Don’t worry, though — the chicken and waffles and Yo Hala on the Square specialties aren’t going anywhere.
Neither are the Davolis, who will still run the day-to-day operations of the local establishments, said Mark Davoli, who owns and operates the restaurants with his father, John, and brother, John Jr.
Mark Davoli declined to discuss specific financials behind the partnership agreed to last month, but called it a 50-50 joint venture with ConSul Hospitality Group comprising industry veterans with lengthy resumes.
The group consists of CEO Carl Sahlsten and partners Hugh Connerty Jr. and Chris Sullivan. Each has his own industry background: Sahlsten is a former president of Carrabba’s Italian Grill, Sullivan co-founded Outback Steakhouse and Connerty is a former partner and CEO of Outback’s international brand.
It’s a group Davoli said he and his family had discussed working with in the past and when the opportunity presented itself, they accepted.
“They feel like Metro Diner can go in neighborhoods across the country,” Mark Davoli said Monday.
But first, it’s staying local.
Sahlsten said it was soon after the two sides sat down that there was a realization both businesses ran in a similar way.
“I think we have got a lot of experience and a solid track record … helping small brands grow and reach their potential,” Sahlsten said Monday. “Only time will tell for potential.”
He said the group will work with the Davolis to learn the system and grow the brand while “helping out wherever we can.”
The family will continue operating the four local stores — the original in San Marco and others in Mandarin, Jacksonville Beach and Ortega — with the group providing experience and capital for future stores.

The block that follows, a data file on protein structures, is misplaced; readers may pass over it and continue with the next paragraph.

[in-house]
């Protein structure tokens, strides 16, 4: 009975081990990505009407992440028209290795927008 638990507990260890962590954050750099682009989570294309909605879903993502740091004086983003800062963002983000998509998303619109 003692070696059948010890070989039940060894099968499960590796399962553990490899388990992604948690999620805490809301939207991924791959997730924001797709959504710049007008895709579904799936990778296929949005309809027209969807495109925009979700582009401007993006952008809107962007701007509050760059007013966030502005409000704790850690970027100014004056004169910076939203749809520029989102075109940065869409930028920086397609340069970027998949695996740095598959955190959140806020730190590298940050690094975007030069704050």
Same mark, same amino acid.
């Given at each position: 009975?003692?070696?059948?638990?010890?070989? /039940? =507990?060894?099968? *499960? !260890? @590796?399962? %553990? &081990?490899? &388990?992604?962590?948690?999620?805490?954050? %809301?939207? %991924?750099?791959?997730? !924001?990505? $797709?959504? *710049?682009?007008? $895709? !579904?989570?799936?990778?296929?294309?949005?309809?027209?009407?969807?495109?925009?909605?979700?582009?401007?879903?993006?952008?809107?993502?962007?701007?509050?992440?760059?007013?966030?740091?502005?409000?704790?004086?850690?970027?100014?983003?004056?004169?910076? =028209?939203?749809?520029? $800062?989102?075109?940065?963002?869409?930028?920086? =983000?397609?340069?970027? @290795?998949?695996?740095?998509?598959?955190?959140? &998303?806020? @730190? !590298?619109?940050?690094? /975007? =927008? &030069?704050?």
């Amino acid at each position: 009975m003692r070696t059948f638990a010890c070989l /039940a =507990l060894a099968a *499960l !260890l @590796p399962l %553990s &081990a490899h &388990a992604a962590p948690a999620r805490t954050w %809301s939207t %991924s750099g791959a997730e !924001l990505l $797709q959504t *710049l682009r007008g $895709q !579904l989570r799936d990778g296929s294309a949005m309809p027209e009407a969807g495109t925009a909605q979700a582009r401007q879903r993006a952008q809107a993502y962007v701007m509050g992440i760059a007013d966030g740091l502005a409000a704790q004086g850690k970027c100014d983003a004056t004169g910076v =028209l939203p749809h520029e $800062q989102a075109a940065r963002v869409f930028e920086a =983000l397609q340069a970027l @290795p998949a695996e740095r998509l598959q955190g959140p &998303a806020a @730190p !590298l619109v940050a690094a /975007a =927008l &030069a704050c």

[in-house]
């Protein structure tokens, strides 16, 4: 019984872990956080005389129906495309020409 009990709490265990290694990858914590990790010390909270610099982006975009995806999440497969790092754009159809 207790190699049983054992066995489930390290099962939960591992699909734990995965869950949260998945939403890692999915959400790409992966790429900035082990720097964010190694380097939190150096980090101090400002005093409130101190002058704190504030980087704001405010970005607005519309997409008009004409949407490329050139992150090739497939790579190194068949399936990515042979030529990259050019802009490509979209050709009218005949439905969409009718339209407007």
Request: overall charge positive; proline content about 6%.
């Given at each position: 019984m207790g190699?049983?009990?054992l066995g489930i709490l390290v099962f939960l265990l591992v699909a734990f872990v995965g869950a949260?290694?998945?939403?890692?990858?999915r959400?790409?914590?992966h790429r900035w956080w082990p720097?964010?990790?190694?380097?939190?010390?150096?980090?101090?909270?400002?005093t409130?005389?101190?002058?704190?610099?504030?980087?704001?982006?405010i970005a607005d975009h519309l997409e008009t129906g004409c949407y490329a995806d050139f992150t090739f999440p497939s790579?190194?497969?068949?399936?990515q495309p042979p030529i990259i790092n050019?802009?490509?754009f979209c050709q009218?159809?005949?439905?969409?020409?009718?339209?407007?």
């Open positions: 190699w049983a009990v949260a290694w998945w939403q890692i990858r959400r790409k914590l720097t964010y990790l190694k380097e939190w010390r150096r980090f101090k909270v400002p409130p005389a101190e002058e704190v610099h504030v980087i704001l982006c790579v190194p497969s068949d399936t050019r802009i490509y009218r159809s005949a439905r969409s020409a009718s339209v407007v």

The next two locations, Davoli said, will be in Northeast Florida. A restaurant could open by the end of the year in a shopping center anchored by Panera Bread near Baymeadows Road and Southside Boulevard. The other could be in St. Augustine, in a shopping center north of Florida 312. He wasn’t ready to provide the specific location.
Other markets like Orlando, Tampa, Ormond Beach and Tallahassee might be on the horizon — which is where the multi-unit successes of the group really could help, Davoli said. The group could have people in place at the local stores to learn, which would help keep the Metro Diner style intact regardless of location.
What will be different to customers?
“The answer is nothing,” Davoli said. “That’s the beauty of these guys … they understand the concept. They love what and how we do things.”
For more information, visit metrodiner.com.
The Davoli family, purveyors of the Metro Diner local chain of breakfast and lunch restaurants, has entered into partnership with a Tampa-based investment group with the idea of future growth.